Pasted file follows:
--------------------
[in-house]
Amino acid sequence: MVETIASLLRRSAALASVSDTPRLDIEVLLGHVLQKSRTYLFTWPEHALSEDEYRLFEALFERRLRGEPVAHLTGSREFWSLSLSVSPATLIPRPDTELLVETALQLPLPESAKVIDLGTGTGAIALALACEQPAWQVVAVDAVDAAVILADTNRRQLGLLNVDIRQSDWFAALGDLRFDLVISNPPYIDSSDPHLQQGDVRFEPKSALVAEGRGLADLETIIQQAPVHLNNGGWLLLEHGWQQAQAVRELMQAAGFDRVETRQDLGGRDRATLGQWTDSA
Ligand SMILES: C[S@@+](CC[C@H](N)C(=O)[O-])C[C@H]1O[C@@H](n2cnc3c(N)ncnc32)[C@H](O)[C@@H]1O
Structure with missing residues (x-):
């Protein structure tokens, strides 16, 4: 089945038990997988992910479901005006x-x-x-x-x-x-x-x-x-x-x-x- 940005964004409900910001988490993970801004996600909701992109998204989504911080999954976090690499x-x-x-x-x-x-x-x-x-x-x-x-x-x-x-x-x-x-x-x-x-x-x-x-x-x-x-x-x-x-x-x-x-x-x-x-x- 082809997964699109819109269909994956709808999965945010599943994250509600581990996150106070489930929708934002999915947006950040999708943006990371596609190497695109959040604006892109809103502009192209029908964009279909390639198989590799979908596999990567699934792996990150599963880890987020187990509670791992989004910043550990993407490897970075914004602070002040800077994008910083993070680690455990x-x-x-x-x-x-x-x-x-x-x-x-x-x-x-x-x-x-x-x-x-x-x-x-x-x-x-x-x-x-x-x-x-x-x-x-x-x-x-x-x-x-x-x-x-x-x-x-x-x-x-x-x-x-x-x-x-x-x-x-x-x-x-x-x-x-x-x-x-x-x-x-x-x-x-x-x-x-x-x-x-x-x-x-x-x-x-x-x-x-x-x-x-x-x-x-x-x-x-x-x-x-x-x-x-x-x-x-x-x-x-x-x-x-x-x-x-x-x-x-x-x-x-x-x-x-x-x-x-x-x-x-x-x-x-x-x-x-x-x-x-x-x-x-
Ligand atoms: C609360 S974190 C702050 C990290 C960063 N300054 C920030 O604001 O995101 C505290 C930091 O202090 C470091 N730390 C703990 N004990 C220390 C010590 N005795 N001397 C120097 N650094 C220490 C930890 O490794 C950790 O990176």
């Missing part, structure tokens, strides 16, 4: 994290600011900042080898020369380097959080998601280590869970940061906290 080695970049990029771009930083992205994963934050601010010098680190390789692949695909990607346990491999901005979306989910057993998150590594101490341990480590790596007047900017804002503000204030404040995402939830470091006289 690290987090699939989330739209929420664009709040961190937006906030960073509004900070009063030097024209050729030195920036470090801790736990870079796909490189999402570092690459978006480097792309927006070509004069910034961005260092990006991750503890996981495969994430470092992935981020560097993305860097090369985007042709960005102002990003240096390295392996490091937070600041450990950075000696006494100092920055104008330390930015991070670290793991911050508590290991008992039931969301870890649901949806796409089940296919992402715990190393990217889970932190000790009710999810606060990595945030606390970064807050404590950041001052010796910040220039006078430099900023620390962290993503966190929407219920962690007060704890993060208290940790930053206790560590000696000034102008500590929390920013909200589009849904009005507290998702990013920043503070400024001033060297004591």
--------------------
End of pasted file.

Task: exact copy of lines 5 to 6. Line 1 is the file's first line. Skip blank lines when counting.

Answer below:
């Protein structure tokens, strides 16, 4: 089945038990997988992910479901005006x-x-x-x-x-x-x-x-x-x-x-x- 940005964004409900910001988490993970801004996600909701992109998204989504911080999954976090690499x-x-x-x-x-x-x-x-x-x-x-x-x-x-x-x-x-x-x-x-x-x-x-x-x-x-x-x-x-x-x-x-x-x-x-x-x- 082809997964699109819109269909994956709808999965945010599943994250509600581990996150106070489930929708934002999915947006950040999708943006990371596609190497695109959040604006892109809103502009192209029908964009279909390639198989590799979908596999990567699934792996990150599963880890987020187990509670791992989004910043550990993407490897970075914004602070002040800077994008910083993070680690455990x-x-x-x-x-x-x-x-x-x-x-x-x-x-x-x-x-x-x-x-x-x-x-x-x-x-x-x-x-x-x-x-x-x-x-x-x-x-x-x-x-x-x-x-x-x-x-x-x-x-x-x-x-x-x-x-x-x-x-x-x-x-x-x-x-x-x-x-x-x-x-x-x-x-x-x-x-x-x-x-x-x-x-x-x-x-x-x-x-x-x-x-x-x-x-x-x-x-x-x-x-x-x-x-x-x-x-x-x-x-x-x-x-x-x-x-x-x-x-x-x-x-x-x-x-x-x-x-x-x-x-x-x-x-x-x-x-x-x-x-x-x-x-x-
Ligand atoms: C609360 S974190 C702050 C990290 C960063 N300054 C920030 O604001 O995101 C505290 C930091 O202090 C470091 N730390 C703990 N004990 C220390 C010590 N005795 N001397 C120097 N650094 C220490 C930890 O490794 C950790 O990176």